Profits under £50,000 will still be taxed at 19%, and then tapered until all are taxed at 25% once you hit £250,000. But that means that profits between £50,000 and £250,000 are effectively taxed at 26.5%, the majority of small businesses are in this range. This means that clever accounting and planning can have a significant effect on post-tax profits.

For example, this year may be the time to consider stock and work-in-progress calculations, or accrued/prepaid income and expenses to bring profits forward into a lower tax year.


  1. Pension payments

You can make pension payments through the company to reduce Corporation Tax. However, this needs to be considered in conjunction with personal taxes, so please speak to us in advance of doing this.


  1. Have you made losses in accounting year ends between 1 April 2020 and 31 March 2022?

Due to Covid, the Government allow you to carry back losses made in this period 3 years, instead of the normal 1, against profits made in prior years which you can claim a tax repayment for.


  1. Don’t let your Directors Loan Account go overdrawn

This can have various tax consequences. Ensure your accounts are accurate and up to date and you don’t withdraw more money than you are entitled to take. Talk to us if any doubts.


  1. Research and Development Tax Relief

If you are developing new or improved technical processes, products or software, to make advances in science or technology you can claim a tax credit. If the company is making a loss you can claim a cash repayment of corporation tax before you even pay any tax. Speak to us if you think the benefits of this scheme may apply to you.


  1. Patent Box Scheme

The scheme is aimed at businesses that retain and commercialise existing UK and European patents or develop new patented products. If your business meets the criteria, you’ll be able to enjoy a reduced Corporation Tax rate of 10% on all profits earned from patented inventions since 1 April 2013.

Speak to us if you think you may qualify for this. We may be able to go back 2 years after the accounting period and make retrospective claims.


  1. Business Asset Disposal Relief

If you want to sell all, or part, of your business and have owned the shares for at least 2 years then you may be able to reduce the capital gain to 10% on all qualifying assets.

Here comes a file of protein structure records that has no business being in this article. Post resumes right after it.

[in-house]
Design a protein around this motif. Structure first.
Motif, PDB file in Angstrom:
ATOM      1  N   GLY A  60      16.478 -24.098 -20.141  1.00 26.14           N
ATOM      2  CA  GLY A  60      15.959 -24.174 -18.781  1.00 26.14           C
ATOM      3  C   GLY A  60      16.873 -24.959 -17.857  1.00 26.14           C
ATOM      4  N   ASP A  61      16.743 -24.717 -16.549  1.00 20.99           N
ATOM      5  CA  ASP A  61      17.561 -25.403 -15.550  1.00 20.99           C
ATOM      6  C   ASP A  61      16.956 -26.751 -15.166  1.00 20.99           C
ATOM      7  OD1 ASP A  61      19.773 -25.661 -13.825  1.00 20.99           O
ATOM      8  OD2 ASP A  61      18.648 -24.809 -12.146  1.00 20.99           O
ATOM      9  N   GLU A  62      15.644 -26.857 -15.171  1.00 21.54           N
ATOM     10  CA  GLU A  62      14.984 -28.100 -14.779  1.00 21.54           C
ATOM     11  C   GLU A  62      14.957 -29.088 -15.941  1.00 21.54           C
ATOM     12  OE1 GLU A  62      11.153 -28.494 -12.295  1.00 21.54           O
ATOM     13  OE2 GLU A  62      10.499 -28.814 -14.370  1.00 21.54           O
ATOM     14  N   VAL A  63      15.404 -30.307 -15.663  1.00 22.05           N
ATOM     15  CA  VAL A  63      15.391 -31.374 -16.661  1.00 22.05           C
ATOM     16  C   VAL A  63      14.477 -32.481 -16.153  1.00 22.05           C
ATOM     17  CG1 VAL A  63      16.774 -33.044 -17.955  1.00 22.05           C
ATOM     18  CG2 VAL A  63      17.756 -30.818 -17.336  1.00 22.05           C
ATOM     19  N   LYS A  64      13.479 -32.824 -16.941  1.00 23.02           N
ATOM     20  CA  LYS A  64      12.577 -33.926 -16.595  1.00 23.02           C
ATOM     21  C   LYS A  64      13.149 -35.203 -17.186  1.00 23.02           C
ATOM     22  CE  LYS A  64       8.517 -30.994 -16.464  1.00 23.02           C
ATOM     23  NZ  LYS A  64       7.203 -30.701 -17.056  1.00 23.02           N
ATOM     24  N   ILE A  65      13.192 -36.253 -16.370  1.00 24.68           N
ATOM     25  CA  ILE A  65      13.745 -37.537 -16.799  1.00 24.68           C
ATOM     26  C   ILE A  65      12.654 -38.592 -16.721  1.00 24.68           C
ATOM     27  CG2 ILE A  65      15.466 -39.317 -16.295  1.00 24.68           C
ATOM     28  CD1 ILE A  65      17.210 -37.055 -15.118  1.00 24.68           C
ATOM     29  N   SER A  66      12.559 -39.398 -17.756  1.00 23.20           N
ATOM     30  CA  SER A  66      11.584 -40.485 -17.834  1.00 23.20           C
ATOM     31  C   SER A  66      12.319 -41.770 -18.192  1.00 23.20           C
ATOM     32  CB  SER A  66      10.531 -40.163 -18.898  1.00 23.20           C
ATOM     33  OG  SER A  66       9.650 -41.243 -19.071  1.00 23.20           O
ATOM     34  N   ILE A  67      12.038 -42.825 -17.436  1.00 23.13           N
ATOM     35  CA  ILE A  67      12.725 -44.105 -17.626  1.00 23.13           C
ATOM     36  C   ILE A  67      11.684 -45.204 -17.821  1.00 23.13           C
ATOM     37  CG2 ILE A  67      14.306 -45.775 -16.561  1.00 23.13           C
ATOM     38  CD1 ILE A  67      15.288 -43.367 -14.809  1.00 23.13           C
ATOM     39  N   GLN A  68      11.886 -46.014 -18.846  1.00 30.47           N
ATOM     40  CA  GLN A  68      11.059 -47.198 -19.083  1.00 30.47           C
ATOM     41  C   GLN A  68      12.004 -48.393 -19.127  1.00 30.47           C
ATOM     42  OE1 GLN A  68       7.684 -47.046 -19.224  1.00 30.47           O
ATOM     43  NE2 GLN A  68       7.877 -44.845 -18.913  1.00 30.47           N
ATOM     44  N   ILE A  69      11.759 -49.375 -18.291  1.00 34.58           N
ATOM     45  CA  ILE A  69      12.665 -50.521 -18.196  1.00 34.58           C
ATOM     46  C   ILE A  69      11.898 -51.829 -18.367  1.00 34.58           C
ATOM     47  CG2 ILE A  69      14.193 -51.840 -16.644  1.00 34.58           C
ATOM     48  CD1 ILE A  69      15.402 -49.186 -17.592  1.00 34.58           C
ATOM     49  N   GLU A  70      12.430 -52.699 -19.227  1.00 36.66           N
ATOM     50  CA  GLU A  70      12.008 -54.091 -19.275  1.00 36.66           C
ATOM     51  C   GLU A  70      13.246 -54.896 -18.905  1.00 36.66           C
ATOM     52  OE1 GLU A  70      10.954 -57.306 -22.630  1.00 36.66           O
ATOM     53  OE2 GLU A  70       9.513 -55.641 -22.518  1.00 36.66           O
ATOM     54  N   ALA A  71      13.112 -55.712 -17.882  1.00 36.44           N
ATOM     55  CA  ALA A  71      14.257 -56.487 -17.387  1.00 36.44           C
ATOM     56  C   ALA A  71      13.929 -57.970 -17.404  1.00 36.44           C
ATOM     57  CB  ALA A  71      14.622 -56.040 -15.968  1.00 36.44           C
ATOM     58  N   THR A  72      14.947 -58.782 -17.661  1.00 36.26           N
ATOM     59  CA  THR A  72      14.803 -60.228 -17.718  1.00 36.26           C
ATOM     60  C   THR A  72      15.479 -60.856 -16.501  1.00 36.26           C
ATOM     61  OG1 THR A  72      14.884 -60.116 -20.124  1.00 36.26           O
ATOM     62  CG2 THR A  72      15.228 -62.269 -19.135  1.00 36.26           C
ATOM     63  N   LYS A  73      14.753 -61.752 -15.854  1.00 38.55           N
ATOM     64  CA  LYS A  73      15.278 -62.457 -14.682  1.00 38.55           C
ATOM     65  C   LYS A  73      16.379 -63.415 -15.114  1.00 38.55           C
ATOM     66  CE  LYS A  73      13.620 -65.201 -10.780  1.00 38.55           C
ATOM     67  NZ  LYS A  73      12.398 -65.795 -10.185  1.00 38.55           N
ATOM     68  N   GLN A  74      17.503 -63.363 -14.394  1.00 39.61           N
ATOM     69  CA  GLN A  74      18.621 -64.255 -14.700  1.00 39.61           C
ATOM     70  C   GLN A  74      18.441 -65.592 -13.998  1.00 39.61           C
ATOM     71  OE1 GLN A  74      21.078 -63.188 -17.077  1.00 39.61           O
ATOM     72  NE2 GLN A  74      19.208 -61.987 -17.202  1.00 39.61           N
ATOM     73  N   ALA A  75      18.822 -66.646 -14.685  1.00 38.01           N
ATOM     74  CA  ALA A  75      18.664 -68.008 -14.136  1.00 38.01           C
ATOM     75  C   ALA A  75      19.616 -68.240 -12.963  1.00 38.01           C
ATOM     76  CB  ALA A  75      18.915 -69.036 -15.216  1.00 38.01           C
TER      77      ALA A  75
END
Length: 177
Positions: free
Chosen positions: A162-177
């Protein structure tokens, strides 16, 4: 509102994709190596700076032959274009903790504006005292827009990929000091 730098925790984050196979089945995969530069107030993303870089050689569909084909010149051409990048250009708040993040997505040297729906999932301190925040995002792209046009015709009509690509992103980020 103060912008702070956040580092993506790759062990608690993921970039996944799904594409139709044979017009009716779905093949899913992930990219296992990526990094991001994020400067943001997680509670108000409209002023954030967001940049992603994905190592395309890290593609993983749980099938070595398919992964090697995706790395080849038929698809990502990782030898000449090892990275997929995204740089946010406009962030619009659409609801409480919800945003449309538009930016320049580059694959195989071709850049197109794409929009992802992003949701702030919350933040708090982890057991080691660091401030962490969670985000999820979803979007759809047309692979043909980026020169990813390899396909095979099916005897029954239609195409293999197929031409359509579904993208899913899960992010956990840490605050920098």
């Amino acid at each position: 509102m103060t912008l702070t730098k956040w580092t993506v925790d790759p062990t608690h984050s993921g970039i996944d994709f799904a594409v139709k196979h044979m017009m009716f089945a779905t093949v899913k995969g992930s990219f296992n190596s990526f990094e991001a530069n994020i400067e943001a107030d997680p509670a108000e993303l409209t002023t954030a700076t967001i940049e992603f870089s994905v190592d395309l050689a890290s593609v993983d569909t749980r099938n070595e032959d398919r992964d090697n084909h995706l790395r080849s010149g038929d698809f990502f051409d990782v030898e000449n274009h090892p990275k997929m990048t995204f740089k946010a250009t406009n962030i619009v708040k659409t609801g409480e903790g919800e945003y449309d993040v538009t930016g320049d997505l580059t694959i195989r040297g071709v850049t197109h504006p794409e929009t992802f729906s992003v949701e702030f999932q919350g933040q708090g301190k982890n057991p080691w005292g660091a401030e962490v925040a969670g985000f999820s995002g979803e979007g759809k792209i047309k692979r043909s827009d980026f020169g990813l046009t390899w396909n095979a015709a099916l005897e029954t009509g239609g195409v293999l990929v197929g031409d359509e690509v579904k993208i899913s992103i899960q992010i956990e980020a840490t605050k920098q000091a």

Speak to us if you are considering selling your company.


  1. Utilise your spouse’s tax allowances

If your spouse earns little (or no) taxable income then there is potential to pay them a dividend and/or salary through the company, effectively doubling your low/no tax bands.


  1. See if there are any industry specific tax reliefs or grants available

In the creative industry, for example, HMRC has guidance on a number of specialist tax reliefs. Check their website for further details and discuss with us the mechanics of claiming any you think may be applicable to you. https://www.gov.uk/guidance/corporation-tax-creative-industry-tax-reliefs

There are always new grant schemes available to help different types of businesses. Check the HMRC website https://www.gov.uk/business-finance-support

Or an online resource such as https://www.grantsonline.org.uk/

Speak to us if you would like to discuss any of them further, or need help preparing the application.


  1. Sign up to HMRCs help and support email

HMRC have an email subscription that offers guidance and notifications of tax reliefs and grants for small businesses (amongst other things that you may find useful)

Sign up here, and pick the areas of interest to you: https://subscriptions.hmrc.gov.uk/



Please note, data correct at time of writing and may not always be applicable to your circumstances. Please check with us before acting on any of the above as we cannot be held responsible for any action taken without giving formal advice.